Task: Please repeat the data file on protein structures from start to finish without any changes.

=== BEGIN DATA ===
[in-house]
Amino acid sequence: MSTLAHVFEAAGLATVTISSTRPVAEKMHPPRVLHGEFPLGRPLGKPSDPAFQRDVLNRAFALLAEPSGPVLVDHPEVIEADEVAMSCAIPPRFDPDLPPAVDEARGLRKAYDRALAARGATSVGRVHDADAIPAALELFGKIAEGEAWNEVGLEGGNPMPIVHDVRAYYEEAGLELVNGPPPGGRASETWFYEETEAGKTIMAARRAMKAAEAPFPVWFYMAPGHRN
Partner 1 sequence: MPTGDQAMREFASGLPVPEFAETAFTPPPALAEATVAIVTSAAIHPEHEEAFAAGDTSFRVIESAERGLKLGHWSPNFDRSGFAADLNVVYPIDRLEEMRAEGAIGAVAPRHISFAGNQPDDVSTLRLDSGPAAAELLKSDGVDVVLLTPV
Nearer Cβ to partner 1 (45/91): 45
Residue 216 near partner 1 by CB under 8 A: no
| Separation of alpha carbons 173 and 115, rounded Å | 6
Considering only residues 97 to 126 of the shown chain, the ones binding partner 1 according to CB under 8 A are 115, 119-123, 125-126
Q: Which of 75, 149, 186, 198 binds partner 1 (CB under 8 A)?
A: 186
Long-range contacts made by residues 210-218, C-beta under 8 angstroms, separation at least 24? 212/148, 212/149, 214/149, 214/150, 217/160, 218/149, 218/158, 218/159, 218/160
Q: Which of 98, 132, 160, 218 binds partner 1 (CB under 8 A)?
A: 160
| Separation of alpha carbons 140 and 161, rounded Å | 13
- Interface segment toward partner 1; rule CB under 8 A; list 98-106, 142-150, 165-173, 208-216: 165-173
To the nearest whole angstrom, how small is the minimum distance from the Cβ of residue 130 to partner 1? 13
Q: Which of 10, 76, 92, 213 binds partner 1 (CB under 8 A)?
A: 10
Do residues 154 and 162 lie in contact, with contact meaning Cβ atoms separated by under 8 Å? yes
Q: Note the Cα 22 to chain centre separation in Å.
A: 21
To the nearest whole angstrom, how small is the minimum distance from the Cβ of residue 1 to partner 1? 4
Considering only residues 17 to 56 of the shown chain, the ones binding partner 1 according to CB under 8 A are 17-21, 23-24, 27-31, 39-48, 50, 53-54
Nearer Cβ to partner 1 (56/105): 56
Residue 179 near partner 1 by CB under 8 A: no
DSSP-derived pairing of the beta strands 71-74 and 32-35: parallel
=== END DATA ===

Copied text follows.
[in-house]
Amino acid sequence: MSTLAHVFEAAGLATVTISSTRPVAEKMHPPRVLHGEFPLGRPLGKPSDPAFQRDVLNRAFALLAEPSGPVLVDHPEVIEADEVAMSCAIPPRFDPDLPPAVDEARGLRKAYDRALAARGATSVGRVHDADAIPAALELFGKIAEGEAWNEVGLEGGNPMPIVHDVRAYYEEAGLELVNGPPPGGRASETWFYEETEAGKTIMAARRAMKAAEAPFPVWFYMAPGHRN
Partner 1 sequence: MPTGDQAMREFASGLPVPEFAETAFTPPPALAEATVAIVTSAAIHPEHEEAFAAGDTSFRVIESAERGLKLGHWSPNFDRSGFAADLNVVYPIDRLEEMRAEGAIGAVAPRHISFAGNQPDDVSTLRLDSGPAAAELLKSDGVDVVLLTPV
Nearer Cβ to partner 1 (45/91): 45
Residue 216 near partner 1 by CB under 8 A: no
| Separation of alpha carbons 173 and 115, rounded Å | 6
Considering only residues 97 to 126 of the shown chain, the ones binding partner 1 according to CB under 8 A are 115, 119-123, 125-126
Q: Which of 75, 149, 186, 198 binds partner 1 (CB under 8 A)?
A: 186
Long-range contacts made by residues 210-218, C-beta under 8 angstroms, separation at least 24? 212/148, 212/149, 214/149, 214/150, 217/160, 218/149, 218/158, 218/159, 218/160
Q: Which of 98, 132, 160, 218 binds partner 1 (CB under 8 A)?
A: 160
| Separation of alpha carbons 140 and 161, rounded Å | 13
- Interface segment toward partner 1; rule CB under 8 A; list 98-106, 142-150, 165-173, 208-216: 165-173
To the nearest whole angstrom, how small is the minimum distance from the Cβ of residue 130 to partner 1? 13
Q: Which of 10, 76, 92, 213 binds partner 1 (CB under 8 A)?
A: 10
Do residues 154 and 162 lie in contact, with contact meaning Cβ atoms separated by under 8 Å? yes
Q: Note the Cα 22 to chain centre separation in Å.
A: 21
To the nearest whole angstrom, how small is the minimum distance from the Cβ of residue 1 to partner 1? 4
Considering only residues 17 to 56 of the shown chain, the ones binding partner 1 according to CB under 8 A are 17-21, 23-24, 27-31, 39-48, 50, 53-54
Nearer Cβ to partner 1 (56/105): 56
Residue 179 near partner 1 by CB under 8 A: no
DSSP-derived pairing of the beta strands 71-74 and 32-35: parallel